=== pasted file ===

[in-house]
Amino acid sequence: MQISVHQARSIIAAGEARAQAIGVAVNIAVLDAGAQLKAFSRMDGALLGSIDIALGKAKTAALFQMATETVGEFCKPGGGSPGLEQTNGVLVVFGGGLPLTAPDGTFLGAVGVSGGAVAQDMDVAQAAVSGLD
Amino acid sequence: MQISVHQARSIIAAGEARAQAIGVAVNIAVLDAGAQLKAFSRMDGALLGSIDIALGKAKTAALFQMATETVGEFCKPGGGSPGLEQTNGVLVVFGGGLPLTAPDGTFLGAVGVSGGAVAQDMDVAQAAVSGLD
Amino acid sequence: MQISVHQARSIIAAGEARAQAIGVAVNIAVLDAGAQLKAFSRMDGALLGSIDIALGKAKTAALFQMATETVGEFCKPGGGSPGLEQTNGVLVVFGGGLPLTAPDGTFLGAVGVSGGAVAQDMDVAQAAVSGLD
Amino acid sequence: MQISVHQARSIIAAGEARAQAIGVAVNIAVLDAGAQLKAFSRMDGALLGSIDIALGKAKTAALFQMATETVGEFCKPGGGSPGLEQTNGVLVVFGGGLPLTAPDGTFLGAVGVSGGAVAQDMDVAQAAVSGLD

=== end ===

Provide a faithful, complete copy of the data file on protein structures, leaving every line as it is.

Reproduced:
[in-house]
Amino acid sequence: MQISVHQARSIIAAGEARAQAIGVAVNIAVLDAGAQLKAFSRMDGALLGSIDIALGKAKTAALFQMATETVGEFCKPGGGSPGLEQTNGVLVVFGGGLPLTAPDGTFLGAVGVSGGAVAQDMDVAQAAVSGLD
Amino acid sequence: MQISVHQARSIIAAGEARAQAIGVAVNIAVLDAGAQLKAFSRMDGALLGSIDIALGKAKTAALFQMATETVGEFCKPGGGSPGLEQTNGVLVVFGGGLPLTAPDGTFLGAVGVSGGAVAQDMDVAQAAVSGLD
Amino acid sequence: MQISVHQARSIIAAGEARAQAIGVAVNIAVLDAGAQLKAFSRMDGALLGSIDIALGKAKTAALFQMATETVGEFCKPGGGSPGLEQTNGVLVVFGGGLPLTAPDGTFLGAVGVSGGAVAQDMDVAQAAVSGLD
Amino acid sequence: MQISVHQARSIIAAGEARAQAIGVAVNIAVLDAGAQLKAFSRMDGALLGSIDIALGKAKTAALFQMATETVGEFCKPGGGSPGLEQTNGVLVVFGGGLPLTAPDGTFLGAVGVSGGAVAQDMDVAQAAVSGLD